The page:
Right now I’m just beyond the halfway point of my 13-stop “blog tour” celebrating the publication in paperback of The Conditions of Love (it began May 5 and ends June 6) and I’m thinking this is as good a time as any to pause to catch my breath and reflect on what’s transpired.
I somehow thought that a “blog tour” would actually involve me showing up at different blogs, much as I have over the past year at various bookstores, for readings and discussions of the book. What “showing up” at a blog meant I wasn’t quite sure but I was extremely pleased that thirteen bloggers—from Hawaii to Texas to Florida–signed up for my tour. Imagine how exhausting if I actually had to travel to visit each one!
As it turns out, what a blog tour means is that a blogger agrees to read TCOL and to post her (yes, all hers, as far as I can tell) review on her blog on a designated date. That has certainly meant less wear and tear on me, even virtually. And it has also meant that I’ve been on the receiving end of such a steady and surprisingly moving stream of reactions, that my head sometimes starts to swim. Let me share a few.
Brenda at Daily Mayo kicked things off by finding a “sort of hidden current underneath the events in the story” and feeling that TCOL was “sort of dream-like” but still realistic. I loved that! Don’t we all feel that sometimes? Our heads keep us in the here-and-now but our hearts lead us to a timeless place. Eunice would no doubt agree.
On Bibliophiliac Lisa wrote a long and loving review, describing TCOL as being written in a “lush style, driven by character and voice” and “the farthest thing from a formula romance novel,” a comment I treasure. I have to say that all the books I value are “character-driven,” meaning that you feel you are experiencing the decisions the characters are making as you read. Lisa made me realize that that’s the only kind of book I would know how or want to write—engaging in the process of discovering the characters is what makes the writing satisfying. Lisa also picked up on the mythic aspects of the book, something I hope we’ll be pursuing at greater length in a follow-up interview [watch this space].
Heather, the Cerebral Girl in a Redneck World (in South Florida), was most affected by the intense mother-daughter dynamics in TCOL. She shared that she “was raised by a divorced mother in borderline poverty, my mother sacrificed for us kids and did everything she could for us.” Eunice and Mern reminded her of other kids she knew growing up, kids who weren’t so lucky: “Kids who never had enough—enough food, enough attention, enough schooling, enough guidance, enough love, enough of anything except perhaps more than enough hits and barbed words thrown their way—and kids who grew up way too fast.”
What I’ve discovered in reading these blog reviews is how deeply personal their reactions are, how much they reveal about themselves as they write. Few reviewers in mainstream media share as much. Heather found TCOL “heartbreaking and uplifting.” I’d say the same about her review.
I’m not going to march you through every review but I want to share some of my favorites. At the Kahakai Kitchen blog, Deb in Hawaii doesn’t just review a book [she called TCOL “gorgeously written”]. She pores through the book looking for details which will inspire a related dish. She found four instances of ice cream (I forgot there were so many) and so came up with “Mint Chocolate Chip ‘Nice’ Cream.” “Wanting to bring a bit of Rose (Eunice’s earth-mother rescuer and nurturer) into the mix, I chose to add fresh mint as well as a touch of (local island) honey to round out all of the flavors and represent Rose with her herbs and bees.” It will be hard for me to eat ice cream from now on without thinking of Deb’s flavorful review.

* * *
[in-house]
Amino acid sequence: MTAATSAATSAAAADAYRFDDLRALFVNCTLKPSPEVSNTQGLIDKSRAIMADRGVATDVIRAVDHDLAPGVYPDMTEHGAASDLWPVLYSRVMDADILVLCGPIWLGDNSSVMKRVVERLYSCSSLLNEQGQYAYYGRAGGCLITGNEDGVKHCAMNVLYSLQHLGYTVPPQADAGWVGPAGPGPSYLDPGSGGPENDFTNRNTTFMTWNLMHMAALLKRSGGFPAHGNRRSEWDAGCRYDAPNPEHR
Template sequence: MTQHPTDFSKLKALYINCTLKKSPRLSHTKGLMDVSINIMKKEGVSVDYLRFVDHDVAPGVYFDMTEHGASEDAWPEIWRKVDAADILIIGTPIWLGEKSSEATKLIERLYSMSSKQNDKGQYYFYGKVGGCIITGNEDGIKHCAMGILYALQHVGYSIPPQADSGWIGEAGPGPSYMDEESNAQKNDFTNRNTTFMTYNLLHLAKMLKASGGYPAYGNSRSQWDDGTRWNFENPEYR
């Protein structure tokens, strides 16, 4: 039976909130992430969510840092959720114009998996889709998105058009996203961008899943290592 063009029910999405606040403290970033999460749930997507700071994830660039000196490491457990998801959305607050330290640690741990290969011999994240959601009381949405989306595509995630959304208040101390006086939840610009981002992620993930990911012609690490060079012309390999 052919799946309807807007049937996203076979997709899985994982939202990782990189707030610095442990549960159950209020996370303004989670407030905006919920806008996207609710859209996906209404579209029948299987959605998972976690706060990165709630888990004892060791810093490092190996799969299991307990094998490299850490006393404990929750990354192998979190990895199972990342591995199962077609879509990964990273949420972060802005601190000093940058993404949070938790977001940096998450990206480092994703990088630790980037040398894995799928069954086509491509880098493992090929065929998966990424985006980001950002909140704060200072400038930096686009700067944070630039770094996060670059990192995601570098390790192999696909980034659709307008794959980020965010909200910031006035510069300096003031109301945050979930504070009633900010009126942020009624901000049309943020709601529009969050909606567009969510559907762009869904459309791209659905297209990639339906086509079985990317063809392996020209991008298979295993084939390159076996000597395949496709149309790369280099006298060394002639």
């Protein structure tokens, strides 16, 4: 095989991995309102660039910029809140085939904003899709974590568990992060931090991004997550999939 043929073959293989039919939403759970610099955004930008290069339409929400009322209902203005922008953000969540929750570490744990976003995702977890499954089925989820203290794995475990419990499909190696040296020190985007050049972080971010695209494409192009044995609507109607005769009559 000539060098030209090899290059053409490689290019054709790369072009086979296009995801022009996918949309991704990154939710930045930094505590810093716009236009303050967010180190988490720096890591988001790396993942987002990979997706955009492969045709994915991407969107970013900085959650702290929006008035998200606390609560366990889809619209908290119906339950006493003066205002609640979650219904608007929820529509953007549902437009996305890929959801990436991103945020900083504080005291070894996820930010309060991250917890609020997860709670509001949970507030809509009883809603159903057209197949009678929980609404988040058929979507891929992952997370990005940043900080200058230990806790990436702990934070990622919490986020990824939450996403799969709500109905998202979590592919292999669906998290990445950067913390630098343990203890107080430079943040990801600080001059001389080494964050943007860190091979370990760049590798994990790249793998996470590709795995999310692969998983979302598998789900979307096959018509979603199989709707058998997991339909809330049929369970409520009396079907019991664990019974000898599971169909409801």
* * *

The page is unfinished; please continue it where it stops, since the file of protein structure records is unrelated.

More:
So many of the bloggers have been so dear. Anita of Anita Loves Books in Florida tore me up when she wrote “When I finally began to love this book, about 40 pages in, I couldn’t stop reading it. I was praying for Eunice’s happiness and safely, so much of her life she appeared to be in great peril.” And Mandy of Knowing the Difference in Georgia totally charmed me with her comment: “The writing flows so effortlessly, the words so vivid and smart, I was whisked away with the words and the story line.” But it was Marisa of Missris in Pittsburgh who truly stole my heart by highlighting one of my favorite relationships: “The way [Eunice] talks to the turtle, who is sometimes her only companion, and then makes the turtle (who is also named Eunice, also by her mother) respond to her, again almost breaks my heart.”
Who knew there was so much close, loving reading going on in these blogs? I suppose that’s as much the point of the blog tours as promoting each new book. I would love it if this post helps bring some attention and appreciation to them. That would only be giving them back in kind what they so generously gave to me. The complete list of the blogs on my blog tour is below, with links. Do check some out.
Monday, May 5th: Daily Mayo
Wednesday, May 7th: Bibliophiliac
Friday, May 9th: Cerebral Girl in a Redneck World
Tuesday, May 13th: Svetlana’s Reads and Views
Wednesday, May 14th: Kahakai Kitchen
Thursday, May 15th: Anita Loves Books
Monday, May 19th: Knowing the Difference
Wednesday, May 21st: Missris
Thursday, May 22nd: No More Grumpy Bookseller
Friday, May 23rd: Sweet Southern Home
Tuesday, May 27th: Love at First Book
Monday, June 2nd: The Relentless Reader
Friday, June 6th: Books a la Mode